- The City of Pittsburgh is implementing an "Equitable Street Tree Investment Strategy" to better distribute and maintain tree canopies in low-income and low-canopy neighborhoods as it pursues a goal to plant 100,000 trees over the next decade.
- Under the new approach, the city's Shade Tree Commission will identify 10 neighborhoods each year to receive "focused, proactive and cyclical" tree maintenance, in addition to urban forest education and tree planting. The Shade Tree Commission acknowledged that a lack of adequate tree maintenance historically has tainted some residents' embrace of new trees in neighborhoods, making those support functions critical to the new trees themselves.
- Pittsburgh, which completed its urban forest master plan in 2012, has long recognized the benefits of city tree canopies, including natural cooling and cleaner air quality for residents to breathe. The city's climate action plan also calls for its tree canopy to increase to 60% by 2030, up from 42% when the plan was approved in 2018.
A city analysis of a variety of tree canopy data in Pittsburgh showed low-income and Black communities are home to disproportionately fewer street trees. And poor maintenance of those trees over the years has resulted in degradation of those neighborhoods in the form of sidewalk damage, uncollected leaves and the like.
While 100,000 new trees could provide health, environmental and quality of life benefits to the city, such an ambitious undertaking requires significant resources to not just roll out but maintain. "If you're going to make this commitment, which we agreed was a worthwhile commitment, then let's use an equity lens to roll that out," said Jamil Bey, a member of the Shade Tree Commission and president and CEO of Pittsburgh consulting firm UrbanKind Institute, which helped develop the strategy.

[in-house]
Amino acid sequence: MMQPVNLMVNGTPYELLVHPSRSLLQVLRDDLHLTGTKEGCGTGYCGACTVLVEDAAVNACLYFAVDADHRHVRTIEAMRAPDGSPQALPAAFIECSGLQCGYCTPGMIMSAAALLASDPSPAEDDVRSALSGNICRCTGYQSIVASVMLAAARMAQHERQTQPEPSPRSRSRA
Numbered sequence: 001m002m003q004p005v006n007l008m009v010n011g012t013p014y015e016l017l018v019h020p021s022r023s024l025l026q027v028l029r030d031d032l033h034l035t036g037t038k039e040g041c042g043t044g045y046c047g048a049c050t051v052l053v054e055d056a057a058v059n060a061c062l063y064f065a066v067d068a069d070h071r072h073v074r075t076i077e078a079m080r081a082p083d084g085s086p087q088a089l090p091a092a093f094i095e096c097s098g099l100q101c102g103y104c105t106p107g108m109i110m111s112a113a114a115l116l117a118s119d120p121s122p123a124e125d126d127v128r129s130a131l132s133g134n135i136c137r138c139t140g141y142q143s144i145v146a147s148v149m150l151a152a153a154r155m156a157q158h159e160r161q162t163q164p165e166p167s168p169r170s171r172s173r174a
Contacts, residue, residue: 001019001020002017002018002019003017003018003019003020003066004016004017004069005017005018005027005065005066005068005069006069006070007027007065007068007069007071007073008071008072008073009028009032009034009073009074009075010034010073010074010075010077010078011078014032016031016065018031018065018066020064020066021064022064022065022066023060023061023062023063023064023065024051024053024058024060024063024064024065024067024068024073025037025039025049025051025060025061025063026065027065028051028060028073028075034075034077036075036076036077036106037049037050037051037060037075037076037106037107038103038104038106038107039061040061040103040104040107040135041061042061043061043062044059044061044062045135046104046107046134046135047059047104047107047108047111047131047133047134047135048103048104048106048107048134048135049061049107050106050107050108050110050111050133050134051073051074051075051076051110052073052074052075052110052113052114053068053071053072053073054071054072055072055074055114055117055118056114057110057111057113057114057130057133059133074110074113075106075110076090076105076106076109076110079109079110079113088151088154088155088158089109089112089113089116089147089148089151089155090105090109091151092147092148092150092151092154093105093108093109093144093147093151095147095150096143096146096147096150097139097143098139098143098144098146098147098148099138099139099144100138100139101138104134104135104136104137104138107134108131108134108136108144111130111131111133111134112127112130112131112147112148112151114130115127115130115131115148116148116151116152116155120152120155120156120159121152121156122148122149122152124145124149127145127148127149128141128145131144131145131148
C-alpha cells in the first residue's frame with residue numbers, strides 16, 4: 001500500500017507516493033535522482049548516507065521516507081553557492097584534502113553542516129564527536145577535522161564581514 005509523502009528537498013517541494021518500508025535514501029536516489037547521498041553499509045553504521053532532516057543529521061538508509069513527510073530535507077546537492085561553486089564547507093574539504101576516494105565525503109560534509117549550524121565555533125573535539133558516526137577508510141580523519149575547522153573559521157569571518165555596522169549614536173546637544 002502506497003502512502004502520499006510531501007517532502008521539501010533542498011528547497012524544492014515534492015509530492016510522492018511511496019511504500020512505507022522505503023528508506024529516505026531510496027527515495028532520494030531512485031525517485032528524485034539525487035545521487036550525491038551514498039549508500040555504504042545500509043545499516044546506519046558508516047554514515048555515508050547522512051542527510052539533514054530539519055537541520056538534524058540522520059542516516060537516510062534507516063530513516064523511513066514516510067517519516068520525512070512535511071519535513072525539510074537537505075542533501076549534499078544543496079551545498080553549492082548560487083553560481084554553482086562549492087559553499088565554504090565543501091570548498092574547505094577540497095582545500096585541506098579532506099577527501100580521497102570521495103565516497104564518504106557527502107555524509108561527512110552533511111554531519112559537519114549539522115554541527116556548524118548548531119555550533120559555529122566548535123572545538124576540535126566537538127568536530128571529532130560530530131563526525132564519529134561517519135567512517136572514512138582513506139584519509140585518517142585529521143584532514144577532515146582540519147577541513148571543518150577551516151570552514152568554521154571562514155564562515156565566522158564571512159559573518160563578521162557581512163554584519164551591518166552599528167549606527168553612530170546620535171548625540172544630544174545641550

"As we were talking to people in neighborhoods, there was some really strong resentment toward an idea to plant more trees. Because trees had not been taken care of," Bey said, adding that the new strategy is an attempt to align the planting goal with the priorities of residents, which takes a different kind of engagement and conversation.
Pittsburgh's new investment strategy is broken down into phases, led by analyzing data to determine neighborhoods in need of investment and community partners. Next, investments are approved for 10 neighborhoods "that define measures to incrementally improve visible maintenance, capacity, tree planting, education, and employment opportunities." The first round of 10 neighborhoods will be selected by April 30.
Cities across the country are grappling with similar challenges in building more equitable tree canopies. "Without a more granular focus, you run the risk of putting a bunch of small trees in a large-part wealthy area because that's where you have space to plant to get your numbers," said Ian Leahy, vice president of urban forestry at national nonprofit American Forests.
Interest in equitable urban forest work is growing, according to Leahy. People are "really starting to perceive, at scale, urban trees as a critical infrastructure, a life-saving infrastructure."
Pittsburgh leveraged visualizations by the Create Lab at Carnegie Mellon University for mapping. And Los Angeles, for instance, is piloting Google's Tree Canopy Lab technology that uses AI and aerial images to assess tree cover density.
Much of that mapping technology can be expensive however, posing as a potential barrier to smaller cities with small budgets. Leahy said American Forests is currently developing its own version of a similar resource to give to cities.